News, Updates and Analysis: Aimster, Napster and More
As the girl in the valley would say, "Oh Napster? That
is SO last Tuesday!"
Reports are buzzing all over about a federal appeals
court's decision to uphold last February's decision
against Napster, the embattled file-swapping monster.
The Supreme Court is the last step for Napster.
But what's the point? The new and encumbered Napster
is scheduled to launch in a few months in conjunction
and compliance with the major labels. Why is the RIAA
continuing litigation against them? Am I missing
something? Isn't that kinda like beating up on your
newly adopted stepchild?
Maybe there's an entertainment lawyer out there who
can enlighten me on this one. I guess the
RIAA still wants compensation for that real or
imagined irreparable harm caused by Napster. Frankly,
the tangible issues surrounding P2P at present exist
Just last Friday, a judge denied a motion by the RIAA
and 17 companies to dismiss Aimster's lawsuit against
them. Aimster is perhaps the second-most popular P2P
network. They avoided legal attacks from the RIAA for
a long time since their launch last August, until last
month when the RIAA finally counter-sued Aimster. I
guess it was just a matter of time.
Ultimately, Aimster is seeking an official legal
declaration affirming that they are not in violation
of any copyright laws. In stark contrast to the team
at Napster, Aimster CEO Johnny Deep, shows little signs
of bowing down to the RIAA. From all indications, Mr.
Deep wants a trial by jury, not a "happy medium"
Napster certainly represents the first chapter in this
P2P saga. But subsequent clones and imitations like
Aimster will more than likely complete the story; that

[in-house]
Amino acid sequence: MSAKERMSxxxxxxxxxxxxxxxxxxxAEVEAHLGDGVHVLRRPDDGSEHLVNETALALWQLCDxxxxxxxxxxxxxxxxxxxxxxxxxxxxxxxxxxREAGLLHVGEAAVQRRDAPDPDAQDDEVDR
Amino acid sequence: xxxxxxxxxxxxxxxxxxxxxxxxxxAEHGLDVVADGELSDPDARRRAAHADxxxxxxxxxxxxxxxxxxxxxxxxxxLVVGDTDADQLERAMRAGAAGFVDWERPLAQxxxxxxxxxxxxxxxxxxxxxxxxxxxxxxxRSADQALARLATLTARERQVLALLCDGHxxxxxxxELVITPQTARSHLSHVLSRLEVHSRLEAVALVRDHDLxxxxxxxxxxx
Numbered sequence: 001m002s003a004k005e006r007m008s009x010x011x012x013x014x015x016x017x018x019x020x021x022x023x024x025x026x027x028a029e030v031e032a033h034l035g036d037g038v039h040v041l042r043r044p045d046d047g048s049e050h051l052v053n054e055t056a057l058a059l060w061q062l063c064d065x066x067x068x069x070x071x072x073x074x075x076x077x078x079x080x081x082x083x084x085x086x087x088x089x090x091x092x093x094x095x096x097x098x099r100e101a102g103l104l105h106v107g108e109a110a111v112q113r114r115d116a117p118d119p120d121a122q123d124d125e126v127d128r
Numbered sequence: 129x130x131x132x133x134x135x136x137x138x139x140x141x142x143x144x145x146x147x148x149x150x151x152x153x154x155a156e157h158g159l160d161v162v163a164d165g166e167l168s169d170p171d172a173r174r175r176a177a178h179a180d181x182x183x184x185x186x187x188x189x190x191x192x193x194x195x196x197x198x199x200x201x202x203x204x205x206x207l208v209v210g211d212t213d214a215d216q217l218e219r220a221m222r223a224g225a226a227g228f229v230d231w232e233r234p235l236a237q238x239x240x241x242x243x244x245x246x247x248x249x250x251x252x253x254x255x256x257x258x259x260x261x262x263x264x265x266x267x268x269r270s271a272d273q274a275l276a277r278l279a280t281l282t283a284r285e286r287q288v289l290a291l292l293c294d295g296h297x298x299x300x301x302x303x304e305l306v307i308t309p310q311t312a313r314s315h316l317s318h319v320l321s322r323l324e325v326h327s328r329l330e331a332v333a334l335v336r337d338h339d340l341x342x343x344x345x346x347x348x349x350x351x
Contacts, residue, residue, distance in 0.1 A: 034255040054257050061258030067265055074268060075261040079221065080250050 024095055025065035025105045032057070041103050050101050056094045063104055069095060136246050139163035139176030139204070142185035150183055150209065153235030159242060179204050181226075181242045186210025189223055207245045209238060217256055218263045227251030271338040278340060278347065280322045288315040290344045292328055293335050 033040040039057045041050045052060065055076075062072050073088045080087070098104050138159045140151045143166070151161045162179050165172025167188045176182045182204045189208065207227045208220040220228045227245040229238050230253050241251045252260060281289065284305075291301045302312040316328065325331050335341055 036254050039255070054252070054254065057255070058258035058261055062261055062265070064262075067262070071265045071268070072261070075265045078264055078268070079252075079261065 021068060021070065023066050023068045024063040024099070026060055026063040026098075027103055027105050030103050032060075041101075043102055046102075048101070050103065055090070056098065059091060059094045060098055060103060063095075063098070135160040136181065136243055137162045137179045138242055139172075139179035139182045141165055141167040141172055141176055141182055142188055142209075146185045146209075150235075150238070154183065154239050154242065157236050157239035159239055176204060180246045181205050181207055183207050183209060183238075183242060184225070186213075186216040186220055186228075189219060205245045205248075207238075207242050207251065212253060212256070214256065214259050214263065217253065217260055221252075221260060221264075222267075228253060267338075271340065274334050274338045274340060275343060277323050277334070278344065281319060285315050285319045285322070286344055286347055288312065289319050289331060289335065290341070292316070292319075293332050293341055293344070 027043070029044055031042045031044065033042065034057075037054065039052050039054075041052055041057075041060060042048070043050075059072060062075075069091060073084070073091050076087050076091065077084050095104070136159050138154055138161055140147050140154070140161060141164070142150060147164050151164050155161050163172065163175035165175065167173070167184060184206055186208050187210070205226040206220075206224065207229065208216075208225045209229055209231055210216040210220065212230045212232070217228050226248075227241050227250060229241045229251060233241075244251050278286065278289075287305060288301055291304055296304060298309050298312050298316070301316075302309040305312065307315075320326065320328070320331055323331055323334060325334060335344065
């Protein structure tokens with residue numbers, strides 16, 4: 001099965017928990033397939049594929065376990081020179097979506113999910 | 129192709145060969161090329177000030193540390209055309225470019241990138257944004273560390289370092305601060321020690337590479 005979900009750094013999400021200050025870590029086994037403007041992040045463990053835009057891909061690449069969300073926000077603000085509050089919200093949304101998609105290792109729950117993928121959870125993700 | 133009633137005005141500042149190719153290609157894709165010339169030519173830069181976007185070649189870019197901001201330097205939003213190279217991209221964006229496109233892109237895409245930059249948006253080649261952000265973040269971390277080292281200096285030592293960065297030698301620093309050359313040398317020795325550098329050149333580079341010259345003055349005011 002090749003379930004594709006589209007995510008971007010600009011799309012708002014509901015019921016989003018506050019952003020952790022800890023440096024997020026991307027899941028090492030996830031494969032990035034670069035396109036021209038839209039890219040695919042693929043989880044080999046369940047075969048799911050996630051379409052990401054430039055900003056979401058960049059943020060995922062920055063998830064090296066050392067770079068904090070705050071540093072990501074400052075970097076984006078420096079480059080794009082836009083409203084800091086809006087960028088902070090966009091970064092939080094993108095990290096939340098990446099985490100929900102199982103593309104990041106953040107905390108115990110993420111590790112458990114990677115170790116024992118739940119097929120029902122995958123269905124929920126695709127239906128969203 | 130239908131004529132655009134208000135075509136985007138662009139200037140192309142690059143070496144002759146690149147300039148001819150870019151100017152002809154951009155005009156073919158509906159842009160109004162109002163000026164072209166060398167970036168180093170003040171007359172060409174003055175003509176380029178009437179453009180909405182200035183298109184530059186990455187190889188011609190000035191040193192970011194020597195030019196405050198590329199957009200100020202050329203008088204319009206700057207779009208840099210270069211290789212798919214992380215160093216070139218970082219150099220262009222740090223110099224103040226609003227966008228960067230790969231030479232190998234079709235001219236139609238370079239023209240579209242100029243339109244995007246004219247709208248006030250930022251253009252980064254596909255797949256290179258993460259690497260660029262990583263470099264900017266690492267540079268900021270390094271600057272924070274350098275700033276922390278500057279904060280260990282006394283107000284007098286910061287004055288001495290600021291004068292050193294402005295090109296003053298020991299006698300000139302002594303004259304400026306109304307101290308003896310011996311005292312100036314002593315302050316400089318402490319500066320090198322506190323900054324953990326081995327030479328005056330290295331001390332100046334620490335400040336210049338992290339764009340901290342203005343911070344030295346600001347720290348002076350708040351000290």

is, after they've spent loads of time, money and
energy fighting entrenched media and entertainment
Eventually, we will have to come to a consensus,
Other News Bits n Bytes
The guys at BetaNews recently got a peek at the
imminent MusicNet subscription service - one of the
so-called legitimate answers to Napster. BetaNews
offers a pretty clear-cut description of the MusicNet
demo. On the other hand, their message boards are far
more opinionated - to say the least.
As I suspected, virtually no one is impressed with
this contraption. They don't seem to think it's worth
anything at all. I swear I can't stop laughing.
MusicNet is currently restricted to the RealAudio 8
format. (Can you believe that?) Another thing: How
are the big boys gonna keep fans from recording the
sound with their PC soundcards? I assume they already
thought about that. Stay tuned.
Finally, the new MP3Pro codec from Thomson Multimedia has
recorded over 600,000 downloads since its release a
few days ago. However, reactions on one popular tech
message board aren't particularly favorable.
Apparently the proprietary nature of MP3Pro is a major turn-off.
Aimster - www.aimster.com
BetaNews - www.betanews.com
MusicNet - www.musicnet.com
RIAA - www.riaa.com
Thomson Multimedia - www.thomson-multimedia.com
Related MusicDish e-Journal Articles:
» Thomson launches mp3PRO (2001-06-14)
» The New Napster. Any Predictions? (2001-06-06)
» Aimster Sues RIAA? (2001-05-09)
» the mp3 way: mp3PRO - the .WAV of the future? (2001-04-25)